Organic fertilizer made from fresh caught North Atlantic fish, cold processed.
Organic Mechanics is a wholesale manufacturer of premium, organic, peat-free potting soil, soil amendments, biochar-enhanced soils, fertilizers, stormwater soils, including soils for rain gardens, bioswales, and more. Our philosophy embraces environmental sustainability as a core value. We are pursuing the dream of producing the most environmentally friendly, highest quality soils on the market.
Read Custom Soils supplies nearly any specialty soil specification - with the knowledge, experience and expertise needed to blend soil components to achieve the desired design characteristics.
Introduce your company to the people who are responsible for ecological landscape management Sign up for the ELA Virtual Eco-Marketplace to promote the products and services you provide that will help them meet their stewardship goal
Make your company part of the ecological success stories and become essential to the future of sustainable landscaping!
There is synergy in the gathering of colleagues and peers. You asked for more opportunities to gather and talk with other ELA members about projects and strategies, and ELA listened. In June, ELA introduced ELA Members’ Receptions. Stay tuned for upcoming Members’ Reception events.
2015 ELA Members’ Reception
ELA South Shore Members Meet to Socialize
ELA members on the South Shore met for an evening of socializing and swapping landscape stories at the second ELA Members’ Reception. Members were welcomed by Southeastern Pine Barrens Alliance, an ELA collaborator, who hosted the April event at their new Community Center.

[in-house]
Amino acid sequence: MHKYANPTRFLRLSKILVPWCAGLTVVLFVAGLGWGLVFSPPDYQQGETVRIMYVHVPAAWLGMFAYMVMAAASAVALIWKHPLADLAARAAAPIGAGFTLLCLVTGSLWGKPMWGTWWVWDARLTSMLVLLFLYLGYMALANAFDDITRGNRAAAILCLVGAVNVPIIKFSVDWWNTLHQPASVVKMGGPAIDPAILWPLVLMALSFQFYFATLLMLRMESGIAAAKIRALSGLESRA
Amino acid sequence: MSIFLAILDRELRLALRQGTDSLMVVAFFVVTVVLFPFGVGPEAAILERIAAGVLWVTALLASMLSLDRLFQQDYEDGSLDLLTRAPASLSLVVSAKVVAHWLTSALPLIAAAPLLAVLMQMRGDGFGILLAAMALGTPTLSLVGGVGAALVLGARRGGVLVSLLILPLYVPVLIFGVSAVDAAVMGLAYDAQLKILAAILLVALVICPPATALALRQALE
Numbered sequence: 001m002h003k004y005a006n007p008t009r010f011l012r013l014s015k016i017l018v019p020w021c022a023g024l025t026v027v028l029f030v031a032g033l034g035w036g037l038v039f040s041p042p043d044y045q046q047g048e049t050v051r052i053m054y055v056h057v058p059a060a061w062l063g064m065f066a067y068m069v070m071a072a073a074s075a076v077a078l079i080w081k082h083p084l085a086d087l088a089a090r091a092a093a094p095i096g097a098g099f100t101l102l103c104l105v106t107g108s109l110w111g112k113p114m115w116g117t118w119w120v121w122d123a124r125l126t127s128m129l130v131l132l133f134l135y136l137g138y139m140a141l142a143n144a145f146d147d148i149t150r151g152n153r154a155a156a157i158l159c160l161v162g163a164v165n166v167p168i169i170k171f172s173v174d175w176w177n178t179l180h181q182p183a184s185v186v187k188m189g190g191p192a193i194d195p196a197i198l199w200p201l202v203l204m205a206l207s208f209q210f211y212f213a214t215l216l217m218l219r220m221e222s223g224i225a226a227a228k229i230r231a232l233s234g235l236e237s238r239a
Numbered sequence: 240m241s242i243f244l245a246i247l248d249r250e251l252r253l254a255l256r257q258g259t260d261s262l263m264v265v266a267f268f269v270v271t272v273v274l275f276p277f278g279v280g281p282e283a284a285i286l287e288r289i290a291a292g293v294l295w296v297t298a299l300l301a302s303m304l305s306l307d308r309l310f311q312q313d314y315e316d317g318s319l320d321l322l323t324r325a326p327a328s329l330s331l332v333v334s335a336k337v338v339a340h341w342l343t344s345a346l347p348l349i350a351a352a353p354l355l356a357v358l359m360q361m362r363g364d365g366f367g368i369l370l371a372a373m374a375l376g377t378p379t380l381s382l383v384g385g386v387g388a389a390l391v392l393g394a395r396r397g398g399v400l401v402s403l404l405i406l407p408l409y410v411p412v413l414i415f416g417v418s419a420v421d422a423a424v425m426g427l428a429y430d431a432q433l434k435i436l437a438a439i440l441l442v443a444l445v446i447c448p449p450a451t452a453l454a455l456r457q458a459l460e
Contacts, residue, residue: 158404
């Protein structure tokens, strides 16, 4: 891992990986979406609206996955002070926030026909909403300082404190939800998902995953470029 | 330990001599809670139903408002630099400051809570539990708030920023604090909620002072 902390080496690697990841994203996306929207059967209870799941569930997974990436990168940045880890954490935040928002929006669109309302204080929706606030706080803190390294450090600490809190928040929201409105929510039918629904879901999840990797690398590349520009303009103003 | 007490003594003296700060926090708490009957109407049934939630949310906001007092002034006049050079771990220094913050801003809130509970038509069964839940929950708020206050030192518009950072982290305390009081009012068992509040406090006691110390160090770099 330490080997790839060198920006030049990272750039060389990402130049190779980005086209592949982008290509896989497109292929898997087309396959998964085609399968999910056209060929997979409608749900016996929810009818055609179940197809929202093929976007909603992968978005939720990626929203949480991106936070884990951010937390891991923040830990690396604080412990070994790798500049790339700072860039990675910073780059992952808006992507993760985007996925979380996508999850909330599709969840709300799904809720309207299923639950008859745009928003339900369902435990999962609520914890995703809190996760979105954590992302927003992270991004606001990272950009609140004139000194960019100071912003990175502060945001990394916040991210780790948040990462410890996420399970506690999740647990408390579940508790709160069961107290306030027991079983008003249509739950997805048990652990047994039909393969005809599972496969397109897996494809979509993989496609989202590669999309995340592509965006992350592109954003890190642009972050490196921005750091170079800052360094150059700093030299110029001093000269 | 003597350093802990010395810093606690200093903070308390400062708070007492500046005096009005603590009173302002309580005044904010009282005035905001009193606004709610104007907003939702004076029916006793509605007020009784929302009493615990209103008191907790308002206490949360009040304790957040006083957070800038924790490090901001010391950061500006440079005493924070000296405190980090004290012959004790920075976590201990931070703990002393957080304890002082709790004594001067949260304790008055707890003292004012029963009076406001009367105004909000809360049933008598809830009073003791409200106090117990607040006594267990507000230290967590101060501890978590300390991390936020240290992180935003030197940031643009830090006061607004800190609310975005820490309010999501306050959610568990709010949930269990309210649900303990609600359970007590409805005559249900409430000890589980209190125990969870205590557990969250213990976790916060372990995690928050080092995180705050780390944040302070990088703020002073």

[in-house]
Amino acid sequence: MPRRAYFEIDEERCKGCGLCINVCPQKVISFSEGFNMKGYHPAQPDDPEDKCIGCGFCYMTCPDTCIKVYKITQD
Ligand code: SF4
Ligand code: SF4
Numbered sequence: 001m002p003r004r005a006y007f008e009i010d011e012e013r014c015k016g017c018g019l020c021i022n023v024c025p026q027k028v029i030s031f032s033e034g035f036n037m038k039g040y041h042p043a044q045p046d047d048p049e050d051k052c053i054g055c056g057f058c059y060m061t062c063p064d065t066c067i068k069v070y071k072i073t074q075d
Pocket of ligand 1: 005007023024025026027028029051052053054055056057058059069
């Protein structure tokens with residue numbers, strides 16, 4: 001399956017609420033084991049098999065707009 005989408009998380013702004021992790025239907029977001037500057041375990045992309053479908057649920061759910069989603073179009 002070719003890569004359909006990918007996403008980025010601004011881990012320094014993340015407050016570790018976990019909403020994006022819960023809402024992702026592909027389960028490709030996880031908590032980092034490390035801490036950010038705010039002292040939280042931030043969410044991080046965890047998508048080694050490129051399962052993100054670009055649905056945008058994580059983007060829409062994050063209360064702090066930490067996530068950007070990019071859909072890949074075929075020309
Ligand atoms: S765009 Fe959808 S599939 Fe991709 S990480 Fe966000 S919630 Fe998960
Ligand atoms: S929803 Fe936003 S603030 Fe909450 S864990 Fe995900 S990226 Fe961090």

According to Theresa Sprague, ELA Vice-President and South Shore member, “This intimate and informal gathering gave members an opportunity to share stories and plans as we were all getting ready to jump into the upcoming season.
We enjoyed meeting new friends, catching up with old ones, and lots of laughs throughout the evening.”
Would you like to schedule a Members’ Event in your area? Email ELA to get started.
2014 ELA Members’ Reception
The inaugural event took place in northeastern Massachusetts at the Stevens-Coolidge Place in North Andover. This property, owned and managed by The Trustees of Reservations, features kitchen and cut-flower gardens, potager garden, rose garden, and orchard on 91 acres. The evening began with a walking tour of the gardens with our TTOR host. Attendees enjoyed an interesting venue, a bite to eat, and time to talk to other ELA members about their exciting projects as well as landscape challenges.